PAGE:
“Outreach work starting with 4 year olds! When children learn about doctors, we talk about STEM careers.”


Parental Engagement Resources

  • Parents are vital to the success of students, especially during the middle school years, a critical point in students’ educations. Middle schoolers are at a higher risk to lose focus and parental involvement also takes a hit. Prevent this with these tips for successful parental engagement from the Afterschool Alliance, available here.
  • A solid foundation in STEM is critical for the future of society, and we all know that kids are the key to the future. Here’s why we should teach our kids to embrace STEM by starting them young. Article here.  
  • Earlier this year, a panel of educators and experts at the U.S. News STEM Solutions conference discussed some of the often neglected methods of teaching and encouraging students, particularly those in the under-served and minority populations, to take an interest in STEM. Article here.
  • Keeping kids actively thinking, whether it’s after school or during summer vacation, is vital for long-term educational success. The National After School Network is a fantastic resource in offering strategies for parental engagement, available here.

Do you have ideas of your own for parental engagement? Comment on this post or send us a tweet @STEM_Works.

Celebrating the Month of the Military Child and What Makes Us Successful

Month of the Military ChildAs you’ve hopefully noticed, our focus on the STEM-Works team is to provide easy access to a vast array of engaging content related to STEM education, education advocacy, and innovative practices related to education.  We are dedicated to students of all ages and from all corners of the world but this month we’re excited to join forces with our military community and support the Month of the Military Child.

Last week I had the wonderful opportunity to participate in the Military Child Education Coalition’s (MCEC) National Convening in DC. This event was focused on engaging education leaders from around the country in a critical discussion of how to best promote academic success for military and veterans’ children.  In preparation for this event, MCEC asked us to watch a few talks that set the stage for some of our discussions at this event.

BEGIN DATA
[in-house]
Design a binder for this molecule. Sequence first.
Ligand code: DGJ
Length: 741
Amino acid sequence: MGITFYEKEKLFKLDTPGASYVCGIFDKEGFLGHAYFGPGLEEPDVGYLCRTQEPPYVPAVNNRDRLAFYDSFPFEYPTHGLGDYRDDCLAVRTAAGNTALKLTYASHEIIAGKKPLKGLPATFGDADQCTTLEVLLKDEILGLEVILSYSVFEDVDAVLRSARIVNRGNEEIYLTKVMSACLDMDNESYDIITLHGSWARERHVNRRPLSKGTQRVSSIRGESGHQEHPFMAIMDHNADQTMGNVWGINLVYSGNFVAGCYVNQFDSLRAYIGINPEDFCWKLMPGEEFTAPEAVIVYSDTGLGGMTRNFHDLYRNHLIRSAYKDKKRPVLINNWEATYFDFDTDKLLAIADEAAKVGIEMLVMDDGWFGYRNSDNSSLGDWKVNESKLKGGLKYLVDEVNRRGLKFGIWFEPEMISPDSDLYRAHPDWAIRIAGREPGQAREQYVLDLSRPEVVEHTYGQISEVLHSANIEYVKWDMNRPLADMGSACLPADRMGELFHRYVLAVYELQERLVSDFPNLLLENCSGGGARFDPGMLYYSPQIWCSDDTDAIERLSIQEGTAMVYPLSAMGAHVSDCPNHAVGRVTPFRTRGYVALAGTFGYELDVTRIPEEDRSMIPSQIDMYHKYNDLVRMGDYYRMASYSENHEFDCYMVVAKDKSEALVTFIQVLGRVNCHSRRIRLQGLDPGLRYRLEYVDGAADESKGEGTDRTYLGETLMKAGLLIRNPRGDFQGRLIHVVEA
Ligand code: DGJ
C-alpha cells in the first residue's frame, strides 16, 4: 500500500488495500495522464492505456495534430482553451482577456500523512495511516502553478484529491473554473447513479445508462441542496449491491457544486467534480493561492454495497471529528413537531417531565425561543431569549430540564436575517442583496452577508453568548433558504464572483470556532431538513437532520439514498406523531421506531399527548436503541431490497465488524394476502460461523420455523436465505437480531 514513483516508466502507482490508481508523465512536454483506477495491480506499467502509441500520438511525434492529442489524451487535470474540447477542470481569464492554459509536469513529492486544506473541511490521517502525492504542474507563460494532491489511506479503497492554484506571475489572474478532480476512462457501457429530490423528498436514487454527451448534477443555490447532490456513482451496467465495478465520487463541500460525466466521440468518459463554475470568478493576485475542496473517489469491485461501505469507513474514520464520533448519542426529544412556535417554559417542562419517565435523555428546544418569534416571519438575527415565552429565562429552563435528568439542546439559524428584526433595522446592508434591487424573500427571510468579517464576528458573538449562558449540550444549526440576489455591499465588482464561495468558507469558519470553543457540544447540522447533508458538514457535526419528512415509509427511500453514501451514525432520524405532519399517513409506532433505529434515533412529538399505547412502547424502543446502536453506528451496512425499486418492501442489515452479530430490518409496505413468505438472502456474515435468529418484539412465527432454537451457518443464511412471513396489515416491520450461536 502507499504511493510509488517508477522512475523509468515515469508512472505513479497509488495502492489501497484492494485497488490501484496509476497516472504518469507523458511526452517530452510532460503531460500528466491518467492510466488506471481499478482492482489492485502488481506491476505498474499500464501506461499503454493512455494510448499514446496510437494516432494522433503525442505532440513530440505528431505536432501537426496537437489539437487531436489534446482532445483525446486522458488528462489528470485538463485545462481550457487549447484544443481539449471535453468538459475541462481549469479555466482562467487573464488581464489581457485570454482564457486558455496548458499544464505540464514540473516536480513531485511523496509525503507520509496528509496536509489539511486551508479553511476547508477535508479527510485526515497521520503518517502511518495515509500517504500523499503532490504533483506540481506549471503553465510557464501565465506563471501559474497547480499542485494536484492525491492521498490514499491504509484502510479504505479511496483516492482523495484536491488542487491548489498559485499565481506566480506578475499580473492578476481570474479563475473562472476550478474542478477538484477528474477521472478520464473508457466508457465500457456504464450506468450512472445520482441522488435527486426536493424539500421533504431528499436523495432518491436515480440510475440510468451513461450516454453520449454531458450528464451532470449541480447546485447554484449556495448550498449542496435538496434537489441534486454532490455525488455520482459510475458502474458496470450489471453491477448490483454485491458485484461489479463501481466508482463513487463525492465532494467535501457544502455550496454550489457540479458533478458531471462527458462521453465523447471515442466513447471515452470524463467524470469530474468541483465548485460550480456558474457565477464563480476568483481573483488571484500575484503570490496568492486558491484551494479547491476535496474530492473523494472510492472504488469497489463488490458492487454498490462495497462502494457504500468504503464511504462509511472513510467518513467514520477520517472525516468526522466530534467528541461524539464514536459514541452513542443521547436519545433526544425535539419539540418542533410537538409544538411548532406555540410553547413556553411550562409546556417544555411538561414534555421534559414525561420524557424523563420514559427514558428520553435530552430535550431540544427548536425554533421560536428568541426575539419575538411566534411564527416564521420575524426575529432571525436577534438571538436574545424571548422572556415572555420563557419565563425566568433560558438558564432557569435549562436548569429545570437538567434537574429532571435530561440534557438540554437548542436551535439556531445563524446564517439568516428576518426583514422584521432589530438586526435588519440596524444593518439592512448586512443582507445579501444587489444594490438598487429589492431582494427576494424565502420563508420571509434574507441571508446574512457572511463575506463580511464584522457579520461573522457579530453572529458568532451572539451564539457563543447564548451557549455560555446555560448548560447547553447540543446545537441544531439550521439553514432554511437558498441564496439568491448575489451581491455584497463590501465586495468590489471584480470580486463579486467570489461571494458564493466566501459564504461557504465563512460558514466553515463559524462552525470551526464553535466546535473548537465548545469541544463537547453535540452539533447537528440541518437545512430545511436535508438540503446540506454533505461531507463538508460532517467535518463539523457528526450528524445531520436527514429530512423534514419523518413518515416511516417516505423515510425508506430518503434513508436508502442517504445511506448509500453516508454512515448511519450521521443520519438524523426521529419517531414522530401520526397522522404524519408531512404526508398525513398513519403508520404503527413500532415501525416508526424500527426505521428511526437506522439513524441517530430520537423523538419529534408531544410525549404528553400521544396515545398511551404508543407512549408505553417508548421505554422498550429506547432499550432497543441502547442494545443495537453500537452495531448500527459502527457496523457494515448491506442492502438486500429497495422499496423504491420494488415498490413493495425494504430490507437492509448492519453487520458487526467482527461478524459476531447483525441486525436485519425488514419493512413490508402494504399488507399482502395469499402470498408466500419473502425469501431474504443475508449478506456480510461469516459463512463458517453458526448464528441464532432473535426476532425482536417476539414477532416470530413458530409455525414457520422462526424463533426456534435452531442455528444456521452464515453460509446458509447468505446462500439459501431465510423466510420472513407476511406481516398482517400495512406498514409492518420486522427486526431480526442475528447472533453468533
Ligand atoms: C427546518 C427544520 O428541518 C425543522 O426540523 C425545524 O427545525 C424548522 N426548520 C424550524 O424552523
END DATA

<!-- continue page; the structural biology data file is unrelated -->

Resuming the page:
The following video is a talk by Angela Lee Duckworth titled “The key to success? Grit.” In this talk, she describes her research and experience related to understanding what promotes success in people. You may be interested to find out that IQ isn’t what she identified as a key factor to success.

This video and the thoughts shared by Dr. Duckworth set the stage for one of the first exercises that we conducted at the conference – identifying our “sticky strengths.” It was such an interesting discussion, that I want to continue it with you all here.

Think about a strength (we’ll call it a “sticky strength”) that you developed during your childhood that has defined your success in your life and/or career.  For example, some of the characteristics that emerged from our discussion at the conference included resiliency, persistence, empathy, grit, and self-awareness.

So now we want to hear from you – what do you think your “sticky strength” is? What strength did you develop in childhood that has defined you over the years? How has this characteristic impacted your life and/or your career? I’ve started the discussion by sharing mine so join the conversation and share yours in the comments below!

Why we do what we do (and how we’re bridging the gap between our programs)


I wanted to start this post by thanking all of you who are taking the time out of your busy lives to check out our blog. On Friday, we officially hit the 6 month mark for this blog and were excited to surpass 5,000 visits to this site in that period. We are honored to be a part of such an incredible community and look forward to continuing sharing the STEM content, ideas, and stories that intrigue us. I hope that our blogs amuse, inform, and even sometimes challenge you and the way you think about and advocate STEM. We always welcome your thoughts and insight so please send us a note or comment on our posts to engage in this important conversation!